When it comes to charting the future of the stock market, history might be the best teacher.
The S&P 500—the stock index tracking the country’s largest companies—has had a rough year. In June, after months of losses, it officially entered a bear market, having fallen more than 20% from a high in January.
It’s now been 10 months since that last high point, and the market has been in a near-continuous downturn since then. A series of high inflation readings has sent the S&P 500 spiraling on a near monthly basis, and the market has already registered its worst first half of the year since the 1970s.
Since then the bear market has shown vanishingly few signs of becoming a bull, and it may have even longer to wait, according to analysts from investment and wealth management firm Glenmede.
Based on historical evidence, we may still be only two-thirds of the way through this current bear market, Glenmede analysts led by chief investment officer for private wealth Jason Pride warned in a Monday note sent to clients.
“The current market appears to be following the trajectory of the average historical bear market so far,” the analysts wrote, pointing out that every bear market since the end of World War II lasted on average slightly more than 14 months and saw markets hit rock bottom with an average decline of 35.7%, at which point they began rebounding.
“At approximately 10 months and 21%, the current bear market appears to be close to 2/3rds of the way through the typical bear-market decline,” they added.
It’s a similar forecast to one made in Fortune by reporter Ben Carlson in July, when he noted there have been 13 bear markets since World War II (including the current one) lasting on average 12 months and bottoming out with a 32.7% loss. It took markets around 21 months on average to rebound to a new peak.
The S&P 500 is currently enjoying a mini-rally—up nearly 9% since hitting a low in mid-October—although Glenmede warned that the recent surge “should not be unexpected” after market sentiment hit historically low levels earlier this month.
Small rallies like these can be typical in a bear market, the analysts warned. The market has shown a few signs of life since taking a turn for the worse this year, although some short-lived rallies or “bear traps” have caught investors’ attention at times, when stock prices temporarily and misleadingly switch from a downward spiral to an upward swing.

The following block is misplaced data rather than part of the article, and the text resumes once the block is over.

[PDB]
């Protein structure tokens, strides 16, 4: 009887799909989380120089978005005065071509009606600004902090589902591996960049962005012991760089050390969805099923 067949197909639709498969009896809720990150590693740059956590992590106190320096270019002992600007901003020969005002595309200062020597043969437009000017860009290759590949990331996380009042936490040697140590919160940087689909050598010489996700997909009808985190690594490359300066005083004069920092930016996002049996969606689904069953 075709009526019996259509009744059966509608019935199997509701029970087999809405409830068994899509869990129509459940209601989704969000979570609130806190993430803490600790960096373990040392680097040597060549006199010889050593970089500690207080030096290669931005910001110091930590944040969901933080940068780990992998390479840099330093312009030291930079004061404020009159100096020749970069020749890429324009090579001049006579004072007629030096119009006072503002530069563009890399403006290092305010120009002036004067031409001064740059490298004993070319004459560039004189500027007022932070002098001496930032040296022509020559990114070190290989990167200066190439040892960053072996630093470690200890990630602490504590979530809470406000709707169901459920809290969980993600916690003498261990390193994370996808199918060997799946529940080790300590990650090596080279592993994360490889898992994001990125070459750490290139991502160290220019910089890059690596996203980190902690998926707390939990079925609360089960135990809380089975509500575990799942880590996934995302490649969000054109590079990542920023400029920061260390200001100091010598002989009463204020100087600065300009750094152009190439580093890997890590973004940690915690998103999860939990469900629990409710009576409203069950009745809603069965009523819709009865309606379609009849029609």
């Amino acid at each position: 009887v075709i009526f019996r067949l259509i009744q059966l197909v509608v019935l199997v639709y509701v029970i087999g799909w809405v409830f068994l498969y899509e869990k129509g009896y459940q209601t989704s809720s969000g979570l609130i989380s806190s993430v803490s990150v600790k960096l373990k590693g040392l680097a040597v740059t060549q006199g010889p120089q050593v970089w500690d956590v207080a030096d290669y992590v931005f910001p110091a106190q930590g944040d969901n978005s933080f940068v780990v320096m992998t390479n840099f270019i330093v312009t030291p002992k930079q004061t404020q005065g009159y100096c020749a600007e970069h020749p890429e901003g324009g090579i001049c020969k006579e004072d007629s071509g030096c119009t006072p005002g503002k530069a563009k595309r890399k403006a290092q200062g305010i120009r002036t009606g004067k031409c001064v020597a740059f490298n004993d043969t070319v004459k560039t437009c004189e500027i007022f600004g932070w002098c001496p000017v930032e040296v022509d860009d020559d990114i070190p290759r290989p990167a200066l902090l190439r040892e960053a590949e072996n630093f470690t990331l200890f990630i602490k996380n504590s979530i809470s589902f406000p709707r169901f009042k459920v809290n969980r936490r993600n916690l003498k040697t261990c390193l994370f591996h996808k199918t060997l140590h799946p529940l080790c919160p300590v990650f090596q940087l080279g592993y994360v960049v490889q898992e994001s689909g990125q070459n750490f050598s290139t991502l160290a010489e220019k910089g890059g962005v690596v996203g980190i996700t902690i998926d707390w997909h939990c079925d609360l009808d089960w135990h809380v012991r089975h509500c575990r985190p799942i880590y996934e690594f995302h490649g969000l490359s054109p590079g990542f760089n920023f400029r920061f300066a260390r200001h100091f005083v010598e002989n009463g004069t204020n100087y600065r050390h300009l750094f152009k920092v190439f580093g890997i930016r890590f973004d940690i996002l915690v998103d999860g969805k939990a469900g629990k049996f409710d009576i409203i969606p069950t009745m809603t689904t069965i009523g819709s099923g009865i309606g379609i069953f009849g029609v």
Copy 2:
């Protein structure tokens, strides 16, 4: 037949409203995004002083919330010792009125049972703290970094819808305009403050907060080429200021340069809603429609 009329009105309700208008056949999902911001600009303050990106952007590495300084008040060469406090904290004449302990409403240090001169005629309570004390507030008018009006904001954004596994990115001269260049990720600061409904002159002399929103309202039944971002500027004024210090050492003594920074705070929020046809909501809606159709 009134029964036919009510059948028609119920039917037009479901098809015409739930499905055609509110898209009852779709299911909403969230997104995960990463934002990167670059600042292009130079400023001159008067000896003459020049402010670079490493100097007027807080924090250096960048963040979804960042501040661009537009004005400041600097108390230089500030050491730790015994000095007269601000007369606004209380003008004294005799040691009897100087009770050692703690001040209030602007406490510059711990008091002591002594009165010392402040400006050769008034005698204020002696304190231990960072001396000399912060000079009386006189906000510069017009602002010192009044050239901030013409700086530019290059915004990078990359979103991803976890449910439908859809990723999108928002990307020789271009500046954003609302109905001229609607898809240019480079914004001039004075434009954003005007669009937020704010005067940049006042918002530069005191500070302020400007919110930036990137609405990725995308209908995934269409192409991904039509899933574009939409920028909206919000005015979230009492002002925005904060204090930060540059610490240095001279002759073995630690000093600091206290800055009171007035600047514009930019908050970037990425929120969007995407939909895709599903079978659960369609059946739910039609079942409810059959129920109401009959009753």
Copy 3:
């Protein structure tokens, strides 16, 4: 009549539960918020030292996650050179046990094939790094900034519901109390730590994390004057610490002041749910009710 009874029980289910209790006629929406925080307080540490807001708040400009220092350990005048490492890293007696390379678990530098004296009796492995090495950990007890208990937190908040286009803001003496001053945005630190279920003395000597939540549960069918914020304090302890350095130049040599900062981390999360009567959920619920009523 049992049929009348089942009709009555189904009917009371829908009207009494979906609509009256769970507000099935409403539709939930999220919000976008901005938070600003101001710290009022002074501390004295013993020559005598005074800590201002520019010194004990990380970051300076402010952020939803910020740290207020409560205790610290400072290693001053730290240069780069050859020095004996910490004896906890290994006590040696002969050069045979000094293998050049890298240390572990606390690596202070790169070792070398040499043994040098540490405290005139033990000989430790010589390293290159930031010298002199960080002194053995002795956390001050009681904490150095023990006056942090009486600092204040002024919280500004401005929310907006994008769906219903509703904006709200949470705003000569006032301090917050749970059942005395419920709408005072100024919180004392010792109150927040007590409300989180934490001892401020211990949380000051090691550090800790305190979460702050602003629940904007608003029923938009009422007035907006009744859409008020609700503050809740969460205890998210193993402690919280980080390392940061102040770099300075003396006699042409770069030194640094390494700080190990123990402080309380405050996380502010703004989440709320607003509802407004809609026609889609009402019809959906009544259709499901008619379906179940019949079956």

Glenmede warned that these are likely false signals and investors should stay cautious for the rest of the bear market, and pointed to some additional evidence that suggests the bear market is only two-thirds of the way done.
Growth stocks—including the high-flying tech stocks of the past decade—have been hardest hit by the bear market, as highlighted by a series of dismal earnings reports last week from megacap companies including Meta, Amazon, and Google parent Alphabet. The Glenmede analysts pointed out that around two-thirds of the extreme valuations of growth stocks relative to lower-priced value stocks has been erased in the current market downturn.
The analysts also looked ahead to this week’s meeting of Federal Reserve officials, when Fed Chair Jerome Powell is expected to announce 2022’s sixth interest rate hike in an attempt to clamp down on soaring inflation in the U.S.
The Fed’s aggressive rate hikes have sparked widespread fears that it will inevitably trigger a recession in the U.S. and around the world, but with interest rates currently forecasted to stop rising at 5% by next March, the Fed is currently two-thirds of the way there, according to Glenmede analysts.
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